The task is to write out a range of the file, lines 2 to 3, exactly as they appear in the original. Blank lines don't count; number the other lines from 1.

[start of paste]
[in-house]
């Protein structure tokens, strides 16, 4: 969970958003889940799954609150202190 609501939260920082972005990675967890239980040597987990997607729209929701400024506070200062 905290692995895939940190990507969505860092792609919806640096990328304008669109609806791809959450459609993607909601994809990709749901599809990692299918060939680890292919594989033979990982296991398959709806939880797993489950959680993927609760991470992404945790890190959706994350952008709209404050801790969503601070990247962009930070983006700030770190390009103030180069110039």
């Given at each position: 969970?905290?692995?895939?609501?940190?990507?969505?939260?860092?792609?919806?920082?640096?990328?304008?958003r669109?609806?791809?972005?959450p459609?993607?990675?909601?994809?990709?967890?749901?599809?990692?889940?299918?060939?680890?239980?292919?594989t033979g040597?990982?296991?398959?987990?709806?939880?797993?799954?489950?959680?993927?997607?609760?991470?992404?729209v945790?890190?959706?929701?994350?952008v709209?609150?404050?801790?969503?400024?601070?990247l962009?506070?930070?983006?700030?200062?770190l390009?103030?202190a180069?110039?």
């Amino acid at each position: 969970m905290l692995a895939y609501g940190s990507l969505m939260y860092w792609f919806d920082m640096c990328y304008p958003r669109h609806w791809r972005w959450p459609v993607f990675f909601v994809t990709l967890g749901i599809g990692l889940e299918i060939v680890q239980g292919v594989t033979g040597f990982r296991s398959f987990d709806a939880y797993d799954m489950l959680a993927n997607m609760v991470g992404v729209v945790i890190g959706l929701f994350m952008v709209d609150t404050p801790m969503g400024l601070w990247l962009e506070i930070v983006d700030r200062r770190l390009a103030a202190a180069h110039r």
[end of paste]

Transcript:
């Protein structure tokens, strides 16, 4: 969970958003889940799954609150202190 609501939260920082972005990675967890239980040597987990997607729209929701400024506070200062 905290692995895939940190990507969505860092792609919806640096990328304008669109609806791809959450459609993607909601994809990709749901599809990692299918060939680890292919594989033979990982296991398959709806939880797993489950959680993927609760991470992404945790890190959706994350952008709209404050801790969503601070990247962009930070983006700030770190390009103030180069110039």
């Given at each position: 969970?905290?692995?895939?609501?940190?990507?969505?939260?860092?792609?919806?920082?640096?990328?304008?958003r669109?609806?791809?972005?959450p459609?993607?990675?909601?994809?990709?967890?749901?599809?990692?889940?299918?060939?680890?239980?292919?594989t033979g040597?990982?296991?398959?987990?709806?939880?797993?799954?489950?959680?993927?997607?609760?991470?992404?729209v945790?890190?959706?929701?994350?952008v709209?609150?404050?801790?969503?400024?601070?990247l962009?506070?930070?983006?700030?200062?770190l390009?103030?202190a180069?110039?």